10/12/14 Crazy Is a Compliment by Linda Rottenberg
10/5/14 China's Trapped Transition by Minxin Pei
9/28/14 Cosby by Mark Whitaker
9/21/14 Bill Clinton's recommendations: Abundance by Peter Diamandis and Steven Kotler; The Social Conquest of Earth by Edward O. Wilson
9/14/14 World Order by Henry Kissinger
9/7/14 The Intel Trinity by Michael Malone
8/31/14 The Mantle of Command: FDR at War, 1941-1942 by Nigel Hamilton
8/17/14 Temptations of Power: Islamists and Illiberal Democracy in a New Middle East by Shadi Hamid
8/10/14 Excellent Sheep: The Miseducation of the American Elite and the Way to a Meaningful Life by William Deresiewicz
8/3/14 The Alliance: Managing Talent in the Networked Age by Reid Hoffman, Ben Casnocha, Chris Yeh
7/27/14 First Person: An Astonishingly Frank Self-Portrait by Russia's President by Vladimir Putin and Nataliya Gevorkyan
7/20/14 Higher Education in the Digital Age by William Bowen
7/13/14 The Universe edited by John Brockman
7/6/14 Lost for Words by Edward St. Aubyn
6/29/14 The Director by David Ignatius
6/22/14 Good Hunting: An American Spymaster's Story by Jack Devine with Vernon Loeb
6/15/14 The Forever War by Dexter Filkins
6/8/14 Age of Ambition: Chasing Fortune, Truth, and Faith in the New China by Evan Osnos
6/1/14 Maximalist by Stephen Sestanovich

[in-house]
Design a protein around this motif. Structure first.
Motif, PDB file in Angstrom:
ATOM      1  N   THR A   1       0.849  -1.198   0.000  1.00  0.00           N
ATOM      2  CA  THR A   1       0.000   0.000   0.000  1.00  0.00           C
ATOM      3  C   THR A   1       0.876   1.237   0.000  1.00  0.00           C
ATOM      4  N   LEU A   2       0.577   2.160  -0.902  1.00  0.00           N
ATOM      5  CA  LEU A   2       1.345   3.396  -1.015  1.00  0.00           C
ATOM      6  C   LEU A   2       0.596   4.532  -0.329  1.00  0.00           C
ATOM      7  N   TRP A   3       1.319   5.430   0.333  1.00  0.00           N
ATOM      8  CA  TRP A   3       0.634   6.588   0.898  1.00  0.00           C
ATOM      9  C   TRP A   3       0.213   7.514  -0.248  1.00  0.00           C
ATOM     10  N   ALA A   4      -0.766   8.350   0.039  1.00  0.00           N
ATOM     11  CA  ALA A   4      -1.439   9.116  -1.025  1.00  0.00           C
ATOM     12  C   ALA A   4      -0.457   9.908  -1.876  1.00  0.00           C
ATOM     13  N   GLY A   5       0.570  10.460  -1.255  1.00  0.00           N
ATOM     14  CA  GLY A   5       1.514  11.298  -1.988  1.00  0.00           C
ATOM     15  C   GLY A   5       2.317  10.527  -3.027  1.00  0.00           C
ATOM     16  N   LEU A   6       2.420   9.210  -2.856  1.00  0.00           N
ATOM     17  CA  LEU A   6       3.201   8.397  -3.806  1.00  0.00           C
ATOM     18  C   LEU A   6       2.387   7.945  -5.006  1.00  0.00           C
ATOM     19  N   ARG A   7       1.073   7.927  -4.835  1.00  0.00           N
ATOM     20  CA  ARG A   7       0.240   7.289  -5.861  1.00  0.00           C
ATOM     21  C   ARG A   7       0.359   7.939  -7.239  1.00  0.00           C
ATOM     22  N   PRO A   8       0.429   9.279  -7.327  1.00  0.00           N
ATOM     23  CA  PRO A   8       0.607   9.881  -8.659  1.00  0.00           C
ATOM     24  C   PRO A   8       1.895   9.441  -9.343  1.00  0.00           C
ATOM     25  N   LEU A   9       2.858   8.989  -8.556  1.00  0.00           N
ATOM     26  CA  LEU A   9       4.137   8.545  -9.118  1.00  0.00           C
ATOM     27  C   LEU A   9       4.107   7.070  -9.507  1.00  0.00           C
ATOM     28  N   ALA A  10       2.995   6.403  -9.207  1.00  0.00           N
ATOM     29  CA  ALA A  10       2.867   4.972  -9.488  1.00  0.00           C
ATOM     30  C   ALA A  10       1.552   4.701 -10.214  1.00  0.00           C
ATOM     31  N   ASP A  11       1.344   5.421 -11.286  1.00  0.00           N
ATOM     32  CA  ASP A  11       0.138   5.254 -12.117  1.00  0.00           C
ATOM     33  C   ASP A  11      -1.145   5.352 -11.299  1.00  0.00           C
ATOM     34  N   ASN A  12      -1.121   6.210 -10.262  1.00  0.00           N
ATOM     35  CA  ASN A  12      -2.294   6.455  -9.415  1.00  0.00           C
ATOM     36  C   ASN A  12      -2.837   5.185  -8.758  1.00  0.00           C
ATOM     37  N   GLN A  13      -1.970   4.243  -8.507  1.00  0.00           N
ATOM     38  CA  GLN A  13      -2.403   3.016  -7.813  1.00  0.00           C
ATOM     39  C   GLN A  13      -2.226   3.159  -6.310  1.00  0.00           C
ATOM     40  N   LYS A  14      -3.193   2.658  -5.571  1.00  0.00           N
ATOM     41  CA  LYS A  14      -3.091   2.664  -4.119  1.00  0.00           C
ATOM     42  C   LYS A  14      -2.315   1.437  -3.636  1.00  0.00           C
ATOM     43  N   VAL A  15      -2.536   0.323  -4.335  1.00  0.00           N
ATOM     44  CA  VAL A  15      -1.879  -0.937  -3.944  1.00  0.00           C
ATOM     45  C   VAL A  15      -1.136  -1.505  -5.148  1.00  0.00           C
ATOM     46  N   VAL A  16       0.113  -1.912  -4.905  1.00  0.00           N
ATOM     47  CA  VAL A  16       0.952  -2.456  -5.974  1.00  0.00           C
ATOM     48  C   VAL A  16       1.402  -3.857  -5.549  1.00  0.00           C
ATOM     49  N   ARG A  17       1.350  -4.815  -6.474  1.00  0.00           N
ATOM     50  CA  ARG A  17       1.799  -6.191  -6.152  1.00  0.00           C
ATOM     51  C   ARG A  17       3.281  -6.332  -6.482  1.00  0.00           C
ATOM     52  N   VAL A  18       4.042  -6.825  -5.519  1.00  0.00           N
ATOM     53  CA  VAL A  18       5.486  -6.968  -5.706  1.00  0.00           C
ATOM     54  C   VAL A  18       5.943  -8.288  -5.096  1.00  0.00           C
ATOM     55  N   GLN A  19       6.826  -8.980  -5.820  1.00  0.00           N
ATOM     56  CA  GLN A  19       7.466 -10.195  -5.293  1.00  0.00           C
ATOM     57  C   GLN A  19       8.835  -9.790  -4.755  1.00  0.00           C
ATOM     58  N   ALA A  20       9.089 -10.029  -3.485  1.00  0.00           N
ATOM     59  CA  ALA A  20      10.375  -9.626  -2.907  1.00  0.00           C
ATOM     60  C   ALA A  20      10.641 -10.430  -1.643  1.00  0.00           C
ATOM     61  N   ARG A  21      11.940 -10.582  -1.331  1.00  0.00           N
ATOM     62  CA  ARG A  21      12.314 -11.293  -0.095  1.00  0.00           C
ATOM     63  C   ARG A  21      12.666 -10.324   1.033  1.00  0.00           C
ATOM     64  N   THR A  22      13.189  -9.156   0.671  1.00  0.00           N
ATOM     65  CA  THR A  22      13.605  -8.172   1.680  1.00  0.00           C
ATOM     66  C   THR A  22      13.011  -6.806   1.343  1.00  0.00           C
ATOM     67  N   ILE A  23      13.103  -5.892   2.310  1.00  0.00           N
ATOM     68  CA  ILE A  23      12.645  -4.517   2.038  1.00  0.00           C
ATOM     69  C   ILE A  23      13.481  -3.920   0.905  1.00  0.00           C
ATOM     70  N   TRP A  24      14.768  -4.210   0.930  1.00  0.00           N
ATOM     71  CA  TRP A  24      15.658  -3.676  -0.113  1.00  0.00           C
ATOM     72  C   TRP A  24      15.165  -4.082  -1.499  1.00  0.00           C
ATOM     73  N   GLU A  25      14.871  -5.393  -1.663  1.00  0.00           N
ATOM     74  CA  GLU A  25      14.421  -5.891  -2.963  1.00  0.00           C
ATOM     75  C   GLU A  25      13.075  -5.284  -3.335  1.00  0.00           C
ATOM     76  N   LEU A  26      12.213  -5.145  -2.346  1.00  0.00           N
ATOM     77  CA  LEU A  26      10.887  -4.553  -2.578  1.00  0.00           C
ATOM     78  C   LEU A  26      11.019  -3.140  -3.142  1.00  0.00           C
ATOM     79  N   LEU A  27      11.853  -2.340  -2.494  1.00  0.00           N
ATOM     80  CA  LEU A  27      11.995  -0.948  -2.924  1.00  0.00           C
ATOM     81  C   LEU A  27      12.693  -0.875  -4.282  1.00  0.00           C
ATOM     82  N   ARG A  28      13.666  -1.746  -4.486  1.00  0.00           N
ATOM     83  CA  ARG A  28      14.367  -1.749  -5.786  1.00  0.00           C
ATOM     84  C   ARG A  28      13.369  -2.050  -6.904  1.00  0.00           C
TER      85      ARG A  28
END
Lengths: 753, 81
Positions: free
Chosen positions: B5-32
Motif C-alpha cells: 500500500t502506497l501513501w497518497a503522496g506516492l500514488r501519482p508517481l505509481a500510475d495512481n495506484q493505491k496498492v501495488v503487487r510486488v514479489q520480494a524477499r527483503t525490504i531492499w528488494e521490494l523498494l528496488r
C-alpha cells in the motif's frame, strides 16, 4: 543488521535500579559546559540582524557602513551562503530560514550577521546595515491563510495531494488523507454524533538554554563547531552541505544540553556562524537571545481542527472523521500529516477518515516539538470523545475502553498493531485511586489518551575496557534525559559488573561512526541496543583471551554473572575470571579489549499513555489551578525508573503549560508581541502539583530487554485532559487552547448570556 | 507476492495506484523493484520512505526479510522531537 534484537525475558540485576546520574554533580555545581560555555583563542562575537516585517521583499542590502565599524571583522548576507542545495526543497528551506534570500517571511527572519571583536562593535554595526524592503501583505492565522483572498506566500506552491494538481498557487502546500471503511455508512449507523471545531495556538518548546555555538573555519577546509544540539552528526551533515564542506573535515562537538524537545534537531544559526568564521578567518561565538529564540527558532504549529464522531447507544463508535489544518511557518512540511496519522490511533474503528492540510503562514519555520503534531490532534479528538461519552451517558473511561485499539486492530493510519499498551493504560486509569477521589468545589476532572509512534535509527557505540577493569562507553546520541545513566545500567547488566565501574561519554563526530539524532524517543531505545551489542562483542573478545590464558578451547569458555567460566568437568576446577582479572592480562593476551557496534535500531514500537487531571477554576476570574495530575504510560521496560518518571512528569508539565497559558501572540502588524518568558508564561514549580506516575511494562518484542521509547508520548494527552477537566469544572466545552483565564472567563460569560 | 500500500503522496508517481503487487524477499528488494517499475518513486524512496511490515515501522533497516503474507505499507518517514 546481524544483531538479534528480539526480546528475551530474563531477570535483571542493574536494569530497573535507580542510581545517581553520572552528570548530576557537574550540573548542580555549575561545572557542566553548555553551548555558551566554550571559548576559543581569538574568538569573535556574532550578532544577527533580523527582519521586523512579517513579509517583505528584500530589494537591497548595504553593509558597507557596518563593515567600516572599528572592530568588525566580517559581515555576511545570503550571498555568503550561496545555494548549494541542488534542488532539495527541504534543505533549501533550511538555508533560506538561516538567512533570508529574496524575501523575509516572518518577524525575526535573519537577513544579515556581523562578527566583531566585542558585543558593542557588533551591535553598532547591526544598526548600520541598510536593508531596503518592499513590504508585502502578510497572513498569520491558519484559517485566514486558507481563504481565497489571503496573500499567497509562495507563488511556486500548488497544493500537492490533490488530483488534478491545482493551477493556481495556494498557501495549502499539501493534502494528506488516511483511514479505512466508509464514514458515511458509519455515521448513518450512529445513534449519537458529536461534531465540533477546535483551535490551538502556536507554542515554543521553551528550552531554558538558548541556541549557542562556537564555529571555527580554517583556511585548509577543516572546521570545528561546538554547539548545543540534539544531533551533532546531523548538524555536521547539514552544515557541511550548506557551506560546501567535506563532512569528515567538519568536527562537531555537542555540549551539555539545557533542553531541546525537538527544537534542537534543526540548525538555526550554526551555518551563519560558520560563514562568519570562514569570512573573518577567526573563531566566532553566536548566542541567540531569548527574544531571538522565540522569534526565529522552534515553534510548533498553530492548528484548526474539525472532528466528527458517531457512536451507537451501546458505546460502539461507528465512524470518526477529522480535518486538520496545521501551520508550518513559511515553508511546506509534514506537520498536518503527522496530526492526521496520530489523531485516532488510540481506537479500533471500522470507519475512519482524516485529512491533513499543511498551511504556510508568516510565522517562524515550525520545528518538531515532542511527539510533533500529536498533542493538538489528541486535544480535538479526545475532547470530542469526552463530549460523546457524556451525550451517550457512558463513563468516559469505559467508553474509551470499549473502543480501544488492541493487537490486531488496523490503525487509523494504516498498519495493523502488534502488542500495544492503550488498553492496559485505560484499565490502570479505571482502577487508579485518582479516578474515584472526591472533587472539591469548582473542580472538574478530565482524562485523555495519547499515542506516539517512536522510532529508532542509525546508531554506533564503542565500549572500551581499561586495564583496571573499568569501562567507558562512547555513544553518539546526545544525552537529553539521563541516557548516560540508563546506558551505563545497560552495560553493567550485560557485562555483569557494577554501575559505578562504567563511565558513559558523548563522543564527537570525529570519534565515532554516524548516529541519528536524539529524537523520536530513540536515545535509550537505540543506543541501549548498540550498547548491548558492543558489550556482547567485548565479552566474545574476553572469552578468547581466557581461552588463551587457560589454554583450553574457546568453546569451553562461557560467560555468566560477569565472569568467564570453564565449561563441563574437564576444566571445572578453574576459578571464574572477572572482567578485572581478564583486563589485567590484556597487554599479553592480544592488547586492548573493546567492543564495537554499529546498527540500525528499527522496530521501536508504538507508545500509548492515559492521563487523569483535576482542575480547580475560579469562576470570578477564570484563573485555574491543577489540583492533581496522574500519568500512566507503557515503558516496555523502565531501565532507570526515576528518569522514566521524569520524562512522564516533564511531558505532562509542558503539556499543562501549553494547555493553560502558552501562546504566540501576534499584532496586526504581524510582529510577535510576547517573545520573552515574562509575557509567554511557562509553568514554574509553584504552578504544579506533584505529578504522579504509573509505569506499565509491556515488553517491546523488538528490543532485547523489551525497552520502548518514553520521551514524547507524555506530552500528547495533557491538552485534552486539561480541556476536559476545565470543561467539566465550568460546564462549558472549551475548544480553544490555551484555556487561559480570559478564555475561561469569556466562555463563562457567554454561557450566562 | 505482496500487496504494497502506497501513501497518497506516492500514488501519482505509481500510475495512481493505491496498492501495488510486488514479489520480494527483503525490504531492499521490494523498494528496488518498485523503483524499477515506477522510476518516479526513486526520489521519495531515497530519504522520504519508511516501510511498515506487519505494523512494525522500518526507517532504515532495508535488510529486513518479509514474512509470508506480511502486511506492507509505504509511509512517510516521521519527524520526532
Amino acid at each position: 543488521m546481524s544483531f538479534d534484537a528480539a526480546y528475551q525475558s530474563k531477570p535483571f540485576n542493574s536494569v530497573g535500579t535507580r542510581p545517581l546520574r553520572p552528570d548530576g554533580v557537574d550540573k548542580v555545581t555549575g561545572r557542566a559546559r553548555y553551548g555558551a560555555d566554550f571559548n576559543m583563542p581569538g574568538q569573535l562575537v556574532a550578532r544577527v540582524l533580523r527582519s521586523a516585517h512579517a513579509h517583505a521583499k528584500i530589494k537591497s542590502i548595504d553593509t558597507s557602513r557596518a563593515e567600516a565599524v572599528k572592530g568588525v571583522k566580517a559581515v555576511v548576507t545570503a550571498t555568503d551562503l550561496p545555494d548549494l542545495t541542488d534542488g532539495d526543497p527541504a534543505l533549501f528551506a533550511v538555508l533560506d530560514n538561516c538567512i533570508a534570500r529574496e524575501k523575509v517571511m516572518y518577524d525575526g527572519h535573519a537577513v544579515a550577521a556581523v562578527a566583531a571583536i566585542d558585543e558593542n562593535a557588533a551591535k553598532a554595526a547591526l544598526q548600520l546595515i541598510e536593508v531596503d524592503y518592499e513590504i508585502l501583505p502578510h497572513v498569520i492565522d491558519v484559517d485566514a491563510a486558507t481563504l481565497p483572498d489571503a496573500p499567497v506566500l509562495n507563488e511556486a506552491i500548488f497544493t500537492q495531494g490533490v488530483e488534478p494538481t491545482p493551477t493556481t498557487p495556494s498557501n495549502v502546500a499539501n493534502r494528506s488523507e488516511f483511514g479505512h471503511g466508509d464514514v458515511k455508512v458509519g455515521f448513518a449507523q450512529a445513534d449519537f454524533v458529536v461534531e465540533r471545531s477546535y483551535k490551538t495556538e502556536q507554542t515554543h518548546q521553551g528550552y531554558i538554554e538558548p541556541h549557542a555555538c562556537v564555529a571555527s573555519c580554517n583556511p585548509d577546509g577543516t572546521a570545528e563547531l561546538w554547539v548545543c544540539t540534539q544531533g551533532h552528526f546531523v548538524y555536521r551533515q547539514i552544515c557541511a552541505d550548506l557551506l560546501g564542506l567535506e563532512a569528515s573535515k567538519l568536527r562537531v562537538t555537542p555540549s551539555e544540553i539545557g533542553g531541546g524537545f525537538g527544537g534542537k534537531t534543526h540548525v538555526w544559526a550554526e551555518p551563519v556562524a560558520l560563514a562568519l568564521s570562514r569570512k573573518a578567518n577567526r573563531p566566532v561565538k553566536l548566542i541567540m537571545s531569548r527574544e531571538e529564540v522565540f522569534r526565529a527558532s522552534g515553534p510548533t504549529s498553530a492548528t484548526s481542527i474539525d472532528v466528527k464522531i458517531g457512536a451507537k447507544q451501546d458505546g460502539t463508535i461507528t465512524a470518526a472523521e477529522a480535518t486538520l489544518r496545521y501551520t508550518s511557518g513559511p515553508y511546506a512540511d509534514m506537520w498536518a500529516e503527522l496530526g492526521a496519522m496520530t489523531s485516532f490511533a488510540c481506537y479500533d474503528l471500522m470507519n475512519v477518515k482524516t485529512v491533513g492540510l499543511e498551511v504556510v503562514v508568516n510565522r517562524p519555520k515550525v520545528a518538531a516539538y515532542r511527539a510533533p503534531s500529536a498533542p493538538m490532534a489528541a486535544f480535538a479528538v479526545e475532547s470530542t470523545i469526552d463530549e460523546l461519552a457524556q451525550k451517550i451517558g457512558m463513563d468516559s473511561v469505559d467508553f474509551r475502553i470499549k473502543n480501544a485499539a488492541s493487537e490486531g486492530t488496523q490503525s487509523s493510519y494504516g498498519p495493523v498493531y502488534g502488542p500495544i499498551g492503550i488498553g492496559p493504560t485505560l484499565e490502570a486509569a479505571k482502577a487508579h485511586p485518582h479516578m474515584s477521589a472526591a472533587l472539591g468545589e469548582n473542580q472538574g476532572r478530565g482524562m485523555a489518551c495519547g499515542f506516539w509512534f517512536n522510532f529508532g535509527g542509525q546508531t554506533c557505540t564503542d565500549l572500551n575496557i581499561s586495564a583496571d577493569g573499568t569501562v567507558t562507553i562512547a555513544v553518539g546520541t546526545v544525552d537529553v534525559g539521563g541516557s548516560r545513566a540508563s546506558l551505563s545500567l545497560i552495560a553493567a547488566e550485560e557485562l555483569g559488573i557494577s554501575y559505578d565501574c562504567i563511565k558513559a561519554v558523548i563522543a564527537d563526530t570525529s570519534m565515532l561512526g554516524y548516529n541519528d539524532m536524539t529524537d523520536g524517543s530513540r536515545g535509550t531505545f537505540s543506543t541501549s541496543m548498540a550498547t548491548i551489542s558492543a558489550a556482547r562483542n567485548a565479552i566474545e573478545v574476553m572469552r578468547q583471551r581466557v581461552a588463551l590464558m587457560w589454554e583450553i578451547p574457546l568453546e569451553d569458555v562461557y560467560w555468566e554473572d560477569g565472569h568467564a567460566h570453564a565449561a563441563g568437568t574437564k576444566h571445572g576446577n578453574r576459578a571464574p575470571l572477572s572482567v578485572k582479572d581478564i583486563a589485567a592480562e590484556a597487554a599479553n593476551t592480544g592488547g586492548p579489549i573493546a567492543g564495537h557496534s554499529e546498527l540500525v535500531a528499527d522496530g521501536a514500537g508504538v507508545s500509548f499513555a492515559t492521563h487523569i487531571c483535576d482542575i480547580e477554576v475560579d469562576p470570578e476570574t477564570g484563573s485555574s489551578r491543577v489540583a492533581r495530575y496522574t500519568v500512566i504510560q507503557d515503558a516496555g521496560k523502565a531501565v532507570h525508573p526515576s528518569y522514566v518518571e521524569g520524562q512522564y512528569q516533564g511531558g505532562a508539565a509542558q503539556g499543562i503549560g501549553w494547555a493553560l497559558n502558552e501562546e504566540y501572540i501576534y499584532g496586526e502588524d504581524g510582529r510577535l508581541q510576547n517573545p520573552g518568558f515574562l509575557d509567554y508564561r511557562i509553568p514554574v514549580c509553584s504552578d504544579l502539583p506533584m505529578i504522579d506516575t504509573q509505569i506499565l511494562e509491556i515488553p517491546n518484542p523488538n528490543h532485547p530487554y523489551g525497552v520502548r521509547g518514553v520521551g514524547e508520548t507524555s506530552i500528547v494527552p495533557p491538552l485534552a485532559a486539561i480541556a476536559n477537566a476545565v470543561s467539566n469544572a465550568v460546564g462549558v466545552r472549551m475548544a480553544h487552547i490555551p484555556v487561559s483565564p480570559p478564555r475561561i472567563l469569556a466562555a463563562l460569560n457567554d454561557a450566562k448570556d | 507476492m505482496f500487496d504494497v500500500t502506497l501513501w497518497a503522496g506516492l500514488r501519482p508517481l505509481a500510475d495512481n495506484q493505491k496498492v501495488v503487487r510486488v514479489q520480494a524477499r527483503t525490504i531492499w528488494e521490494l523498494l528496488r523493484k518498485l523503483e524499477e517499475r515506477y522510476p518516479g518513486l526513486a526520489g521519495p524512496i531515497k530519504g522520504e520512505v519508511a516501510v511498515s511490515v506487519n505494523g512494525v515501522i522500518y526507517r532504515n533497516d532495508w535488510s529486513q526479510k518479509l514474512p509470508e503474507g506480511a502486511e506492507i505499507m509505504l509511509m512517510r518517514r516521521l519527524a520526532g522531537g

5/25/14 The Mantle of Command: FDR at War, 1941-1942 by Nigel Hamilton
5/18/14 Stress Test by Timothy Geithner
5/11/14 The Fourth Revolution by John Micklethwait & Adrian Wooldridge
5/4/14 Capital in the Twenty-First Century by Thomas Piketty
4/27/14 The Rule of Nobody by Philip K. Howard
4/20/14 The Story of the Jews by Simon Schama
4/13/14 Bloodlands: Europe Between Hitler and Stalin by Timothy Snyder
4/6/14 The Confidence Trap by David Runciman
3/30/14 Particle Fever from Anthos Media
3/23/14 Stringer by Anjan Sundaram
3/16/14
The Leading Indicators by Zachary Karabell
3/9/14 The Limits of Partnership by Angela Stent
3/2/14 The Up Side of Down by Megan McArdle
2/23/14 The Steps Across the Water by Adam Gopnik
2/16/14
War Front to Store Front by Paul Brinkley
2/9/14 The Second Machine Age by Erik Brynjolfsson and Andrew McAfee
2/2/14
1/26/14
Amsterdam by Russell Shorto
1/19/14
India Grows at Night by Gurcharan Das
1/12/14
If Mayors Ruled the World by Benjamin Barber
1/5/14
The Kennan Diaries by George Kennan,
edited by Frank Costigliola
12/22/13
The Great War by Mark Holborn and Hilary Roberts
12/15/13
Reimagining India edited by McKinsey & Company
12/08/13 My Promised Land: The Triumph and Tragedy of Israel by Ari Shavit
12/01/13 Islam without Extremes by Mustafa Akyol
11/17/13 The Man He Became: How FDR Defied Polio to Win the Presidencyby James Tobin
11/10/13 The Atlantic's Technology IssueNovember 2013 edition
11/03/13 If Kennedy Lived by Jeff Greenfield